Our World Taste of farm life a moo-ving diversion

Couples and young families from Perth are keen to enjoy a farm experience little more than an hour’s drive from the city.

"You’ve got to engage your core and squat down,” says Joel Cochrane. And though this might sound like advice for lifting heavy items or engaging in some new fitness fad, it’s actually a tip for sheep drafting.

Such a task, which involves sorting sheep in a stockyard by funnelling them down a raceway and through a series of gates, is all in a day’s work for a farmer like Joel. 

But he’s made a game of it for our benefit, marking the sheep’s wool with colours and instructing us to divide each shade into different pens.

A young woman visiting from Hong Kong is the first member of our group to try, and she’s soon drafting the sheep with such proficiency — not to mention hearty cries of “go, go, go!” and “yes, yes, no, no!” — that Joel admits he’s tempted to offer her a job.

We’re at Ferndale Springs — the property at Coolup, south-east of Mandurah, where Joel and his wife Danielle live with their two young sons — for a hands-on taste of farm life.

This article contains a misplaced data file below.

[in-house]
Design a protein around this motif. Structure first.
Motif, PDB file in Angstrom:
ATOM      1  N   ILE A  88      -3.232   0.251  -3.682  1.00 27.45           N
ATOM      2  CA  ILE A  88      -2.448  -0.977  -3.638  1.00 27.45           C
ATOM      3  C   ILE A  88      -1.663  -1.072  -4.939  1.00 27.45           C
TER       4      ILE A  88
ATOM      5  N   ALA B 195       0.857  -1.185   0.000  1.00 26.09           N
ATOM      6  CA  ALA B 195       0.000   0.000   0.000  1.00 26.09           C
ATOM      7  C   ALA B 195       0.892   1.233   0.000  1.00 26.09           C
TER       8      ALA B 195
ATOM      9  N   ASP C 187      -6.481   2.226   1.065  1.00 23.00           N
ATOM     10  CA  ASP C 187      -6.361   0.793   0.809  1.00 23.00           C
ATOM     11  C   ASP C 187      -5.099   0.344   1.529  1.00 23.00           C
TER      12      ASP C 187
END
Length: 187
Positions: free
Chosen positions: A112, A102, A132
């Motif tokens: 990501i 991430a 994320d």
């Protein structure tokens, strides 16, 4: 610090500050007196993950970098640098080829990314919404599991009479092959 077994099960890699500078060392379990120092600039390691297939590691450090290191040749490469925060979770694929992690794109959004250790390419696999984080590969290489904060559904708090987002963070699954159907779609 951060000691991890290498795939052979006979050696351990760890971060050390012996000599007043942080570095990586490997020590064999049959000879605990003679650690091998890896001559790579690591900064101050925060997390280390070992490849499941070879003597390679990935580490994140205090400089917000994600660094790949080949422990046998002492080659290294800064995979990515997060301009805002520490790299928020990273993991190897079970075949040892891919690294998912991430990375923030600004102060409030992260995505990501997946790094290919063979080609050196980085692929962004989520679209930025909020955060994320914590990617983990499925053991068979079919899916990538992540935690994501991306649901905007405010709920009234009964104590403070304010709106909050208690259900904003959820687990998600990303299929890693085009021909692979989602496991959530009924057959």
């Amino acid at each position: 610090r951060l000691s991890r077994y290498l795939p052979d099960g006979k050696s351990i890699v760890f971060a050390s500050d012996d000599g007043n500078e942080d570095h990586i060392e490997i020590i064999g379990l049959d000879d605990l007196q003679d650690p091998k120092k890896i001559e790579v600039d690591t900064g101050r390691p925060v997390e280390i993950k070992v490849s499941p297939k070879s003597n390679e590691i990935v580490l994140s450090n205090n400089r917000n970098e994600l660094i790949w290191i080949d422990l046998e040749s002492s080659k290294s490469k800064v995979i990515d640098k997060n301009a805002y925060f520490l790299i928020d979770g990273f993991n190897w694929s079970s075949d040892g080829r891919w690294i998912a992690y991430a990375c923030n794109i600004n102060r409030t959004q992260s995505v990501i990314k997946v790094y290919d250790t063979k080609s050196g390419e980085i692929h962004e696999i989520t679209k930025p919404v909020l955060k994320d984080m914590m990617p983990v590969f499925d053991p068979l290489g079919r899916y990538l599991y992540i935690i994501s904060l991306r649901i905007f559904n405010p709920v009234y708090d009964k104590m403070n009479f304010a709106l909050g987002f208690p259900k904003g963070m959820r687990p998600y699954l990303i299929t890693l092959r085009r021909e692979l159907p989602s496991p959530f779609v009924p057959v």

So far, that’s included everything from learning about raising cattle to whip cracking, damper making and a barbecue lunch. But foremost among the attractions, for me at least, is the chance to meet the farm’s menagerie of animals. 

There’s Chocolate the brown-and-white cow, which is among the herd that awaits us in a paddock as we arrive in a tractor-towed trailer. She was christened by one of Joel and Danielle’s sons, who accompany us to handfeed the cows with hay. 

Later, in a small paddock that doubles as a petting zoo, we’re introduced to residents including Bobo the miniature horse, a greedy little goat, and  Baby the decidedly un-babyish cow. (“It seemed appropriate,” Joel shrugs.) Their number will soon be bolstered by Sugar, one of a litter of piglets being raised in a nearby pen. 

Then there’s Bruce the crotchety ram — by far the most unco-operative of the sheep during the drafting game — and Empress, a Cleveland Bay horse belonging to Joel’s mum, Brenda, who is involved in preserving this rare British breed. 

The property itself has been in the family for nearly three decades. 

Since Joel and Danielle took it over about 16 months ago, they’ve committed to sharing it with visitors — so far, mostly couples and young families from Perth keen to enjoy a farm experience little more than an hour’s drive from the city.

For those who want to extend the visit, there’s a pair of neat one-bedroom cabins —  the Blue Wren and Red Robin — which are available to rent via Airbnb. And an additional four-bedroom rammed-earth house will soon also become available for farmstay guests.

In the meantime, our group leave with smiles on our faces — and a potential career change in sight. 

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